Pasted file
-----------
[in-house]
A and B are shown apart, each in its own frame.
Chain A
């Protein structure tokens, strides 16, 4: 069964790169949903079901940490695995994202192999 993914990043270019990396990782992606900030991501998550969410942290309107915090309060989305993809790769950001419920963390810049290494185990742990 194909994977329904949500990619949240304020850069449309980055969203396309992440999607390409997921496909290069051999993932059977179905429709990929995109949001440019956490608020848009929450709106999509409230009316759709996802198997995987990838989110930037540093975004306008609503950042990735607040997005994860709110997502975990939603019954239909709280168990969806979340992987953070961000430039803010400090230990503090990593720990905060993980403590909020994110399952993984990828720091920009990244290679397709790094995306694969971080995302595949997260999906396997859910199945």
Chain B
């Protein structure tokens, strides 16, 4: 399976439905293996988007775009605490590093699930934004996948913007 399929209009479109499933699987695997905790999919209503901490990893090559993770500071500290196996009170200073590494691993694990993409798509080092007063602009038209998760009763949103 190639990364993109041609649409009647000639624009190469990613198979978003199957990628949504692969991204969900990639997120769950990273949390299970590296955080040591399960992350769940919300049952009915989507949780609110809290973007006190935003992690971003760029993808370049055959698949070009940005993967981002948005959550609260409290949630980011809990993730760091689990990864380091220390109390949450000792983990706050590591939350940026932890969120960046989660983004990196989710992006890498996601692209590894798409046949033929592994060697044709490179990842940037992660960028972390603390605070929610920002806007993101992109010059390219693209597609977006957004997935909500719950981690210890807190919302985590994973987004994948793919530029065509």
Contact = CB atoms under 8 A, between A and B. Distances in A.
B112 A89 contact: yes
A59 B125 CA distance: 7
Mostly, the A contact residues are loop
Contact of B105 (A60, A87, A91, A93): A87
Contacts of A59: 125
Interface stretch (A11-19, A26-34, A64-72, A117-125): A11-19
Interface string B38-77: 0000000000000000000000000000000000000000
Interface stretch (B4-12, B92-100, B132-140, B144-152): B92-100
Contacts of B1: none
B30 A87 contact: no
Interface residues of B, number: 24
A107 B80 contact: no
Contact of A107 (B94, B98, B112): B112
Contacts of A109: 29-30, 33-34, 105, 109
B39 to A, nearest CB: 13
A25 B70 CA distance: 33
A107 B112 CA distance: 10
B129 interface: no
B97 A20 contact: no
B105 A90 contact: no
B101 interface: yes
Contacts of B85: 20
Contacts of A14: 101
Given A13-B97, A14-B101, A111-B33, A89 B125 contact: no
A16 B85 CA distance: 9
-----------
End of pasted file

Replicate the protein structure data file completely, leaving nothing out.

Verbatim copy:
[in-house]
A and B are shown apart, each in its own frame.
Chain A
């Protein structure tokens, strides 16, 4: 069964790169949903079901940490695995994202192999 993914990043270019990396990782992606900030991501998550969410942290309107915090309060989305993809790769950001419920963390810049290494185990742990 194909994977329904949500990619949240304020850069449309980055969203396309992440999607390409997921496909290069051999993932059977179905429709990929995109949001440019956490608020848009929450709106999509409230009316759709996802198997995987990838989110930037540093975004306008609503950042990735607040997005994860709110997502975990939603019954239909709280168990969806979340992987953070961000430039803010400090230990503090990593720990905060993980403590909020994110399952993984990828720091920009990244290679397709790094995306694969971080995302595949997260999906396997859910199945």
Chain B
């Protein structure tokens, strides 16, 4: 399976439905293996988007775009605490590093699930934004996948913007 399929209009479109499933699987695997905790999919209503901490990893090559993770500071500290196996009170200073590494691993694990993409798509080092007063602009038209998760009763949103 190639990364993109041609649409009647000639624009190469990613198979978003199957990628949504692969991204969900990639997120769950990273949390299970590296955080040591399960992350769940919300049952009915989507949780609110809290973007006190935003992690971003760029993808370049055959698949070009940005993967981002948005959550609260409290949630980011809990993730760091689990990864380091220390109390949450000792983990706050590591939350940026932890969120960046989660983004990196989710992006890498996601692209590894798409046949033929592994060697044709490179990842940037992660960028972390603390605070929610920002806007993101992109010059390219693209597609977006957004997935909500719950981690210890807190919302985590994973987004994948793919530029065509």
Contact = CB atoms under 8 A, between A and B. Distances in A.
B112 A89 contact: yes
A59 B125 CA distance: 7
Mostly, the A contact residues are loop
Contact of B105 (A60, A87, A91, A93): A87
Contacts of A59: 125
Interface stretch (A11-19, A26-34, A64-72, A117-125): A11-19
Interface string B38-77: 0000000000000000000000000000000000000000
Interface stretch (B4-12, B92-100, B132-140, B144-152): B92-100
Contacts of B1: none
B30 A87 contact: no
Interface residues of B, number: 24
A107 B80 contact: no
Contact of A107 (B94, B98, B112): B112
Contacts of A109: 29-30, 33-34, 105, 109
B39 to A, nearest CB: 13
A25 B70 CA distance: 33
A107 B112 CA distance: 10
B129 interface: no
B97 A20 contact: no
B105 A90 contact: no
B101 interface: yes
Contacts of B85: 20
Contacts of A14: 101
Given A13-B97, A14-B101, A111-B33, A89 B125 contact: no
A16 B85 CA distance: 9